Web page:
Subsequent follow-up at 52 months of age revealed that the boy still had difficulty with feedings and was not yet toilet trained. His cognitive skills were at approximately a 27-month level, and genetic follow-up confirmed Ohdo blepharophimosis syndrome. The mother had subsequently given birth to a second child with the same syndrome.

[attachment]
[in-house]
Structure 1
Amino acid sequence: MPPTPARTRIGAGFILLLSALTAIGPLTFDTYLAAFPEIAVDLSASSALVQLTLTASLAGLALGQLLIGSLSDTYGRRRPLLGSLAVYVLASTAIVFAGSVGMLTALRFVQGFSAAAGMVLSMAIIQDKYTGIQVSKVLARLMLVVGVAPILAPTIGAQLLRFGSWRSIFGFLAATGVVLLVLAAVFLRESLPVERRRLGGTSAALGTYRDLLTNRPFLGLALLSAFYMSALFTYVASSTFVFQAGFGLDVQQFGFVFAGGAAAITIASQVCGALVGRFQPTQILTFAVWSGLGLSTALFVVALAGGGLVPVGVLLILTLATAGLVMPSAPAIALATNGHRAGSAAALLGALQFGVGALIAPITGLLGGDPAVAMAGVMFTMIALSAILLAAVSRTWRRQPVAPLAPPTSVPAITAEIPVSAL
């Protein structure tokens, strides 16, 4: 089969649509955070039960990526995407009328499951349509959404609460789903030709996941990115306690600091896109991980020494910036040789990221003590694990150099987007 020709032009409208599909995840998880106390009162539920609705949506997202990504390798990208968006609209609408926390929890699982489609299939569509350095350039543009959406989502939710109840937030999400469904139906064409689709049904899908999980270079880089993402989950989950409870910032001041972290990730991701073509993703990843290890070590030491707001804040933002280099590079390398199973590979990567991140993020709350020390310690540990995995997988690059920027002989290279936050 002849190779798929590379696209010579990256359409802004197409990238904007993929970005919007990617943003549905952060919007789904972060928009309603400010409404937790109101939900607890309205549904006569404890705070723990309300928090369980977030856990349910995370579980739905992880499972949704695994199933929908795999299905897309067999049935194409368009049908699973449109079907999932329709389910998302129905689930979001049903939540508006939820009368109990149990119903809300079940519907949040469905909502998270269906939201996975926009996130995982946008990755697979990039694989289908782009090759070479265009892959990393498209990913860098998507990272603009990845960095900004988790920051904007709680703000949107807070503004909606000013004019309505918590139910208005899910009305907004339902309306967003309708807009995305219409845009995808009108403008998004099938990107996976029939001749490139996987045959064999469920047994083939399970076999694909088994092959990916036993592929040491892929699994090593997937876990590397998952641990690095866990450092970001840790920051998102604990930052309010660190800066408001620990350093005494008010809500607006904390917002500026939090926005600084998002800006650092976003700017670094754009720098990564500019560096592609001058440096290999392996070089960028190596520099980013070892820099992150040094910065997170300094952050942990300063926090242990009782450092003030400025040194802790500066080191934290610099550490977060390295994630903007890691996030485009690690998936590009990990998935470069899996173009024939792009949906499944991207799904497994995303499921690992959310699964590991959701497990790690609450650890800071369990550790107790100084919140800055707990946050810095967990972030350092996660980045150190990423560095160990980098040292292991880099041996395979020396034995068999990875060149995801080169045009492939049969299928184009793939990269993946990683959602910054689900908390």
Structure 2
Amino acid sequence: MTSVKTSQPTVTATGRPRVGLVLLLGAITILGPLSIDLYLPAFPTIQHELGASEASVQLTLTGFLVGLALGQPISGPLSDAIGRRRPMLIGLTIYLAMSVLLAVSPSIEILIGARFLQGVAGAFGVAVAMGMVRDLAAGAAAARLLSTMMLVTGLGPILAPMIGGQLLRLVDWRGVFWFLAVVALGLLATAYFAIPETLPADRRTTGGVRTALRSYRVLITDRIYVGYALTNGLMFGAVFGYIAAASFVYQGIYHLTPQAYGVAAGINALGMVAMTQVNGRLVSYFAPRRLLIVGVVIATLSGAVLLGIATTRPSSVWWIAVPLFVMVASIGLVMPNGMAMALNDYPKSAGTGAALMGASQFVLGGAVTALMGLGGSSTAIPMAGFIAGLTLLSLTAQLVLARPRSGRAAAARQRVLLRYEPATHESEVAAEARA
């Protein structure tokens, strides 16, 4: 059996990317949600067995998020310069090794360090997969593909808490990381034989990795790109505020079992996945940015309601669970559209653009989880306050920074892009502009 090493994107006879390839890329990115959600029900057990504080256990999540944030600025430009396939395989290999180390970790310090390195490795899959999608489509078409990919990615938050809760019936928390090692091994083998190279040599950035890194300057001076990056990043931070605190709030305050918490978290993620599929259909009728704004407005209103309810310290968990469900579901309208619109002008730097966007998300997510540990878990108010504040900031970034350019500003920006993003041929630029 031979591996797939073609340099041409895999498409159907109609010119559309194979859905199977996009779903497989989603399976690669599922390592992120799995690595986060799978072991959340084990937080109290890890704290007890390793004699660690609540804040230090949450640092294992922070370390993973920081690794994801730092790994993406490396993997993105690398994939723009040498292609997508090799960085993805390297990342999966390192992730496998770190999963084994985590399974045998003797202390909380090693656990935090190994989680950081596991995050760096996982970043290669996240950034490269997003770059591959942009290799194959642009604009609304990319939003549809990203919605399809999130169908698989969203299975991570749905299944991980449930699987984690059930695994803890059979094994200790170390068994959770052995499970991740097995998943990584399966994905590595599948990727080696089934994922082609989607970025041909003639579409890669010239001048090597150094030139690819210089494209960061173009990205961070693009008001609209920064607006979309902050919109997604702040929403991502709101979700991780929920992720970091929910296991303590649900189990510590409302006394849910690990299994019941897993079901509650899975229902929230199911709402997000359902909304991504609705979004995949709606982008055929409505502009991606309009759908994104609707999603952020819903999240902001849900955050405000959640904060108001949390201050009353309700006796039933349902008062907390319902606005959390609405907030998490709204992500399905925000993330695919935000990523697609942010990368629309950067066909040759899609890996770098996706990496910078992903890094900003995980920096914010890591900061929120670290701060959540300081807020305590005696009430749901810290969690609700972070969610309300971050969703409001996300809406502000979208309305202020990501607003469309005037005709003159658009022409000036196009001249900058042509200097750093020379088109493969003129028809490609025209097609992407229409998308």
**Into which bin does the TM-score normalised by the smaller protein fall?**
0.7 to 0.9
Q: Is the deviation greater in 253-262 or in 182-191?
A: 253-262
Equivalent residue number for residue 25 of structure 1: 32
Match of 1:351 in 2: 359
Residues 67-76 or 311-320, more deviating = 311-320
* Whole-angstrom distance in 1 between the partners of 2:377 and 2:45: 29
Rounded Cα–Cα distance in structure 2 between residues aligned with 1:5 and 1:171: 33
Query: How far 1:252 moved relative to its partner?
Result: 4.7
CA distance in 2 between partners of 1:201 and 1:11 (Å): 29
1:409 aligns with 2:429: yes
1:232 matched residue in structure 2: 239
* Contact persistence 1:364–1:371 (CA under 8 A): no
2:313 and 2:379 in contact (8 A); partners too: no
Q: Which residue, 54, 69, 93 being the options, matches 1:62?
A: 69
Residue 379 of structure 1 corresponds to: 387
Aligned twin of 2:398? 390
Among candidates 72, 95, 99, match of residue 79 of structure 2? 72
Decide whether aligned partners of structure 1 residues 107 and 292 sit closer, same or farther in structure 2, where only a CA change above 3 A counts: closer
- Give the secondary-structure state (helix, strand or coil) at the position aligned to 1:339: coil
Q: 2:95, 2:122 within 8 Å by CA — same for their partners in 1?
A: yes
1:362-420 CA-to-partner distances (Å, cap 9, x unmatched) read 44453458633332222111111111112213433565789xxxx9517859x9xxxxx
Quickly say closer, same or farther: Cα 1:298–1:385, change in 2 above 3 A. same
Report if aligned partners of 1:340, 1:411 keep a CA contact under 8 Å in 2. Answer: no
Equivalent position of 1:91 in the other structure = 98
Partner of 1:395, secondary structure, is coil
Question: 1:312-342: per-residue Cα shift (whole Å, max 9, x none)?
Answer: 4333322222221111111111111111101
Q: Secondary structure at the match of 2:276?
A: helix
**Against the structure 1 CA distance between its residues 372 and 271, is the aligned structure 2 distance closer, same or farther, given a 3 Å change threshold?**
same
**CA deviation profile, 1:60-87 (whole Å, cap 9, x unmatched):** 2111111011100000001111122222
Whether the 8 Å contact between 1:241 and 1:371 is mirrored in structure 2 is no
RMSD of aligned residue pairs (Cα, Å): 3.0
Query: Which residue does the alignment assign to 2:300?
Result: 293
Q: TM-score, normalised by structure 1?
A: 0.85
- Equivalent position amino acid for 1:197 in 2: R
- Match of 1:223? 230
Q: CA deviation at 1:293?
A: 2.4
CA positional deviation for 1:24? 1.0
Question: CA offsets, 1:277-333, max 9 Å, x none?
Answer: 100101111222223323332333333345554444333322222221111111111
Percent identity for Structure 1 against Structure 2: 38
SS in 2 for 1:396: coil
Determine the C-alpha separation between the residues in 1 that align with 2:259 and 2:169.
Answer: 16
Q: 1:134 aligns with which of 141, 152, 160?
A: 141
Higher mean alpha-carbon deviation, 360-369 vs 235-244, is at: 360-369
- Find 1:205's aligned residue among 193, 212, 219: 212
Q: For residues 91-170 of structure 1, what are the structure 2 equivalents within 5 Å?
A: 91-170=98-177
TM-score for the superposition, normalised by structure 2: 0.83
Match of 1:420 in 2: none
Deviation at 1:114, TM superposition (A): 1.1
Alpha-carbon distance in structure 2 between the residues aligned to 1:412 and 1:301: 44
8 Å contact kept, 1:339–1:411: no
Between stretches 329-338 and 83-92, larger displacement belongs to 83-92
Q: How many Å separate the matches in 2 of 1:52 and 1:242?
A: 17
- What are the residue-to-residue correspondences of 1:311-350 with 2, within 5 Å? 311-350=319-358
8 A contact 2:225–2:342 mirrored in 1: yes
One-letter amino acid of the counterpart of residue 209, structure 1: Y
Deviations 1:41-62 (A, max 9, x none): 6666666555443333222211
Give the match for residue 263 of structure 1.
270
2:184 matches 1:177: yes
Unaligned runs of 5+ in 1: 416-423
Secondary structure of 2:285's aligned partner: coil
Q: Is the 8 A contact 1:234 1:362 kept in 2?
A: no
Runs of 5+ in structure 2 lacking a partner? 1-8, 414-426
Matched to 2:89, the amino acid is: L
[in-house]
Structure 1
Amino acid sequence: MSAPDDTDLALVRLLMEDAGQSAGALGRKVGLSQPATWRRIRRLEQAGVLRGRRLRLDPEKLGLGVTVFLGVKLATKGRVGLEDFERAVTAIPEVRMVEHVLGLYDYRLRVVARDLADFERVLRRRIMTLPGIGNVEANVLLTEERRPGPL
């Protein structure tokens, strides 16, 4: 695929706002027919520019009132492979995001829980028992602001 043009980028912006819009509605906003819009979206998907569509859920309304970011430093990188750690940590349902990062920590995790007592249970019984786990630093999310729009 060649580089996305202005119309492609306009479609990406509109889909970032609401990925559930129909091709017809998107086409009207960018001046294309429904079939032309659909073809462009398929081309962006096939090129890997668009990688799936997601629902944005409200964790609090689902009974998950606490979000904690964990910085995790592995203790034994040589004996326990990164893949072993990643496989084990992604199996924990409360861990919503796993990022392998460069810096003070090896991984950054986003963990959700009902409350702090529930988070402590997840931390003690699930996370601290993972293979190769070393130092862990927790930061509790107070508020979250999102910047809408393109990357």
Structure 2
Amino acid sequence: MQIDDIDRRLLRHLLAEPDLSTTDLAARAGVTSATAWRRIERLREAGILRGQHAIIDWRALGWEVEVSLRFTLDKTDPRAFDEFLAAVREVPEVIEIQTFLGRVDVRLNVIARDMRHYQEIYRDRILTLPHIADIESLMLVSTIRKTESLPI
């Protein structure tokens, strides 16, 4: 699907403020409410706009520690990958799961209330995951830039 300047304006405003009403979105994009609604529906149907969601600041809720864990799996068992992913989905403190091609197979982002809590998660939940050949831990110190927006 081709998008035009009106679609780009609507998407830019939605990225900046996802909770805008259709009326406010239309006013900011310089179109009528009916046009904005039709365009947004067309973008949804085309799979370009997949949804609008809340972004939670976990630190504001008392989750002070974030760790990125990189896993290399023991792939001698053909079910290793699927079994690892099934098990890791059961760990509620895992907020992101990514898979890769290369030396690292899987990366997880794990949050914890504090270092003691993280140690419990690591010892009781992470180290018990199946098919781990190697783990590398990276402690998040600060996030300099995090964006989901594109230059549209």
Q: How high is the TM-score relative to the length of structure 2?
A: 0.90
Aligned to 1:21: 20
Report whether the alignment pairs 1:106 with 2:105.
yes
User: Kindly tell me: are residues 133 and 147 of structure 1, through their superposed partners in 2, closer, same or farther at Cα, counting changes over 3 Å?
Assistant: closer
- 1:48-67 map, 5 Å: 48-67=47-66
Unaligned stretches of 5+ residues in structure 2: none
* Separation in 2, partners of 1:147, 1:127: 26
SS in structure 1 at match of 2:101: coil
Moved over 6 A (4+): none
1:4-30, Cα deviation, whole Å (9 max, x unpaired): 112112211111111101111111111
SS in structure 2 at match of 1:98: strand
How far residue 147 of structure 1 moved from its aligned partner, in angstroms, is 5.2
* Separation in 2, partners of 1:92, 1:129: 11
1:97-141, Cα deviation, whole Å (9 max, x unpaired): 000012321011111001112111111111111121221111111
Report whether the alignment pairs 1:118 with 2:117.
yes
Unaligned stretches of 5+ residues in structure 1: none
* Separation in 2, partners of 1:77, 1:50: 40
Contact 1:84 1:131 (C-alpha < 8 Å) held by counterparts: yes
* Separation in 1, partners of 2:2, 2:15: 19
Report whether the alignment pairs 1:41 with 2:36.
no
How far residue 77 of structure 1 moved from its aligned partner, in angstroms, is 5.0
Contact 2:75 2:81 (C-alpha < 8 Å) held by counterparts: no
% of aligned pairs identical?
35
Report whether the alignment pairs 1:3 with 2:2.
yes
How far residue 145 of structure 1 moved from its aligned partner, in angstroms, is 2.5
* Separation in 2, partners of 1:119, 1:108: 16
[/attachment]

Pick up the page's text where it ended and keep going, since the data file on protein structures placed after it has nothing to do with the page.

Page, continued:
The physician must have a high index of suspicion to consider the diagnosis of mental retardation in any child. Some helpful clues include delayed speech, dysmorphic features (minor anomalies), hypotonia generally or of the extremities, general inability to do things for self and, not least, expressed concern by the parents.